Elder Scrolls Online Introduction Video Analysis

We’re finally getting a better look at how Elder Scrolls Online plays.  In the video above, we’re given a glimpse at some combat, PvE, PvP, and a vague description of what we can expect from the game as a whole.

The biggest takeaway from the video for me was that Elder Scrolls Online will be a themepark.  The giveaway:

“Once you hit level 50, that’s where the game really opens up.”

Elder Scrolls Online Introduction Desert

I hope for a world that is vast, ‘alive’, and true to the nature of Elder Scrolls.

Probably a poor word choice, but revealing nonetheless.  Exploration is mentioned in the video, but in the sense that you’ll roam to find quests or points of interest.  Public quests are mentioned, and from what I gather it sounds like there might be a mix of WoW and GW2 questing models.  Not enough details to really say for sure.

The world is so beautiful, and so rich with story and detail from so many past games, that I wish it were going to be more ‘virtual world’ than what it sounds like so far.  I want it to be a game world where I’m actively utilizing the entire continent at once instead of progressing through content.  So many neat towns and places are forgotten and never visited again in a game that progresses players down a path.  I want those hype statements about the world being ‘alive’ and ‘lived in’ to be true in Elder Scrolls Online.  I certainly get that feeling from their RPG’s.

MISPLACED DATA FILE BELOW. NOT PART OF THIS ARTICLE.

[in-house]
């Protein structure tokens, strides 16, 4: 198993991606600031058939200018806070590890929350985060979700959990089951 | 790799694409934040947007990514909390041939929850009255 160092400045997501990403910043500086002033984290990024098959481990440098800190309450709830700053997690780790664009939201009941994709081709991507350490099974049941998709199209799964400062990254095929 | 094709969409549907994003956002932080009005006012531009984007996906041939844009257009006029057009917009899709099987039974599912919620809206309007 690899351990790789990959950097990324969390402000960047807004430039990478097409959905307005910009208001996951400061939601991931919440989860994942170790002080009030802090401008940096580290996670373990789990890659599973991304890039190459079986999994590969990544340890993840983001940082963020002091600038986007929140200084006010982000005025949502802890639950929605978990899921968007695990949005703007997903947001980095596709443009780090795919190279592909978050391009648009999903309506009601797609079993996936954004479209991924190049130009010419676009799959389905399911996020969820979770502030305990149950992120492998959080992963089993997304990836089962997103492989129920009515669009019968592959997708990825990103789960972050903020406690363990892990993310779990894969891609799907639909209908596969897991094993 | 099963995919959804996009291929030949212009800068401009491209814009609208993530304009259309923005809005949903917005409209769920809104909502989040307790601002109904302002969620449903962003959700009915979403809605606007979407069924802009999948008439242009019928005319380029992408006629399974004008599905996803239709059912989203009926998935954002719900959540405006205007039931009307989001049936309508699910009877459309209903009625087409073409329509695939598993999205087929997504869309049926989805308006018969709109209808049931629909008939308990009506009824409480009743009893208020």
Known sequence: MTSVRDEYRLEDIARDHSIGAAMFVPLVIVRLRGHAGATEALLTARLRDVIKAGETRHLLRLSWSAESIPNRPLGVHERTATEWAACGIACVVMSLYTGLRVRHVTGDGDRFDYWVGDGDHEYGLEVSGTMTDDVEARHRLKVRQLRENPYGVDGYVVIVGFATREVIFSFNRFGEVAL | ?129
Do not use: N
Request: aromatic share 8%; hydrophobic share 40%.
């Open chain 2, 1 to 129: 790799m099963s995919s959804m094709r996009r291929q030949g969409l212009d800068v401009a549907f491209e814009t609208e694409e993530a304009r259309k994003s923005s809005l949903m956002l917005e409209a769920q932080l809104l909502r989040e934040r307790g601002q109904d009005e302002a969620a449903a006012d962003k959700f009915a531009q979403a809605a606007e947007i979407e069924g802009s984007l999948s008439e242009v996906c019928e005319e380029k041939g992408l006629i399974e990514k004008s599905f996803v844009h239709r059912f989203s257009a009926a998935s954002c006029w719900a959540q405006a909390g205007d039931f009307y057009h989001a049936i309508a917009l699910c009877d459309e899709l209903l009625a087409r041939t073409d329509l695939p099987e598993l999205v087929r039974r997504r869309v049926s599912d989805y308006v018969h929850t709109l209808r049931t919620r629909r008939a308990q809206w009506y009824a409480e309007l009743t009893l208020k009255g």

I think the Mega-Server technology mentioned in the video can go two ways: Huge open-world so big that we can accommodate everyone, or highly-instanced and phased.  There will only be one server, but I fear that means we will have instanced zones and areas with only a few people in them at once.  Technically, if they stay true to Tamriel, the world is large enough to accommodate everyone.  Given enough starting areas, there would be minimal overcrowding.  My gut and common sense tell me this is not a reality, and we’ll see instancing and lobbying.

Elder Scrolls Online Introduction Sieging

Elder Scrolls has always been about the sandbox PvE world. PvP will be so easily messed up if it fails to capture that same open and permanent feel.

The PvP details included sieging keeps, controlling territory, and having hundreds of players on the screen at once.  Vague, and awfully scripted in the video, but I’m eager to see it in action.  Again, my gut radar (which is almost always accurate when it goes off) is telling me to be wary of this PvP.  I can imagine an open-world PvP environment of owning territory and squaring off against other kingdoms.  I can also see something like GW2 (less permanence) or worst case scenario like WAR where it all feels shallow, temporary and arcade-like.